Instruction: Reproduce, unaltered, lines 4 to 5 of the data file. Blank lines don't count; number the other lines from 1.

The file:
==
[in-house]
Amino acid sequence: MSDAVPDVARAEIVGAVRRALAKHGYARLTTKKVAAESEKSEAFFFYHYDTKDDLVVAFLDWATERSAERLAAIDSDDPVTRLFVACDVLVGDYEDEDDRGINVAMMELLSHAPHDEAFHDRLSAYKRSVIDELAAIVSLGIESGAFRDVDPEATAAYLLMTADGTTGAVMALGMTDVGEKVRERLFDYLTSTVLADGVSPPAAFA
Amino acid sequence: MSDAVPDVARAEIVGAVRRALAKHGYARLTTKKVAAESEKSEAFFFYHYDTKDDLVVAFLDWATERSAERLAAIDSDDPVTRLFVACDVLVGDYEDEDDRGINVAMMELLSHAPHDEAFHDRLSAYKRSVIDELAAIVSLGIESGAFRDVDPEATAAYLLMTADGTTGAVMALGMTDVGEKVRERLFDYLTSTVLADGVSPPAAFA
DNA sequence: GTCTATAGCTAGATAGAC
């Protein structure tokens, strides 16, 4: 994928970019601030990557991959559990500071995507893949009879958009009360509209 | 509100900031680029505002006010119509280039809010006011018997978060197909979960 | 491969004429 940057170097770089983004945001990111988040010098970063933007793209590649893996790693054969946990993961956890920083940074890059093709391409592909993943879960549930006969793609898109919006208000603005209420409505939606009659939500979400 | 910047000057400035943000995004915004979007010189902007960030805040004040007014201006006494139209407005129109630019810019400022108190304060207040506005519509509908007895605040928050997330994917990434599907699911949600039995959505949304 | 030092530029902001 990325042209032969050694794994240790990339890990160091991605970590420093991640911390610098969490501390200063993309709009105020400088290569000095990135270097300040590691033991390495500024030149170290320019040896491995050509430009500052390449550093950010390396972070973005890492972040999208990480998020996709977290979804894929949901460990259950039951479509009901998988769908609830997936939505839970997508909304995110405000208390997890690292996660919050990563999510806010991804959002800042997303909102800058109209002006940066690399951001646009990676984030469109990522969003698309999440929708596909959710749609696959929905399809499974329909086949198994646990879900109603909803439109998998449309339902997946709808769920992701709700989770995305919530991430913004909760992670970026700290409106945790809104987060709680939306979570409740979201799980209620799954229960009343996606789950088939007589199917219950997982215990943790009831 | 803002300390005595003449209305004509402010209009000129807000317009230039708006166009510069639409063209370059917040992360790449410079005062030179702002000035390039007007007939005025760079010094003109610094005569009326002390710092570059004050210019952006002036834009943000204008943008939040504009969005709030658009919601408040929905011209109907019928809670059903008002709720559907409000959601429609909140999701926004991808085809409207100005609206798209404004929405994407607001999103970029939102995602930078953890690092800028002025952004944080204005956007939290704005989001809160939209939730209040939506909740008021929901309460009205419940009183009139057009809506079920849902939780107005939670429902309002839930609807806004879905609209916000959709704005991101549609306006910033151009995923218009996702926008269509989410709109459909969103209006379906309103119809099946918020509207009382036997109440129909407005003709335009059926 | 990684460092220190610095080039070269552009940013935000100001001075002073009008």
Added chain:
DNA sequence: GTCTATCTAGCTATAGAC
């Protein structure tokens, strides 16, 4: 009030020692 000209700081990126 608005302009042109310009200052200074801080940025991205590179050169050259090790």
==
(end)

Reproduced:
DNA sequence: GTCTATAGCTAGATAGAC
């Protein structure tokens, strides 16, 4: 994928970019601030990557991959559990500071995507893949009879958009009360509209 | 509100900031680029505002006010119509280039809010006011018997978060197909979960 | 491969004429 940057170097770089983004945001990111988040010098970063933007793209590649893996790693054969946990993961956890920083940074890059093709391409592909993943879960549930006969793609898109919006208000603005209420409505939606009659939500979400 | 910047000057400035943000995004915004979007010189902007960030805040004040007014201006006494139209407005129109630019810019400022108190304060207040506005519509509908007895605040928050997330994917990434599907699911949600039995959505949304 | 030092530029902001 990325042209032969050694794994240790990339890990160091991605970590420093991640911390610098969490501390200063993309709009105020400088290569000095990135270097300040590691033991390495500024030149170290320019040896491995050509430009500052390449550093950010390396972070973005890492972040999208990480998020996709977290979804894929949901460990259950039951479509009901998988769908609830997936939505839970997508909304995110405000208390997890690292996660919050990563999510806010991804959002800042997303909102800058109209002006940066690399951001646009990676984030469109990522969003698309999440929708596909959710749609696959929905399809499974329909086949198994646990879900109603909803439109998998449309339902997946709808769920992701709700989770995305919530991430913004909760992670970026700290409106945790809104987060709680939306979570409740979201799980209620799954229960009343996606789950088939007589199917219950997982215990943790009831 | 803002300390005595003449209305004509402010209009000129807000317009230039708006166009510069639409063209370059917040992360790449410079005062030179702002000035390039007007007939005025760079010094003109610094005569009326002390710092570059004050210019952006002036834009943000204008943008939040504009969005709030658009919601408040929905011209109907019928809670059903008002709720559907409000959601429609909140999701926004991808085809409207100005609206798209404004929405994407607001999103970029939102995602930078953890690092800028002025952004944080204005956007939290704005989001809160939209939730209040939506909740008021929901309460009205419940009183009139057009809506079920849902939780107005939670429902309002839930609807806004879905609209916000959709704005991101549609306006910033151009995923218009996702926008269509989410709109459909969103209006379906309103119809099946918020509207009382036997109440129909407005003709335009059926 | 990684460092220190610095080039070269552009940013935000100001001075002073009008």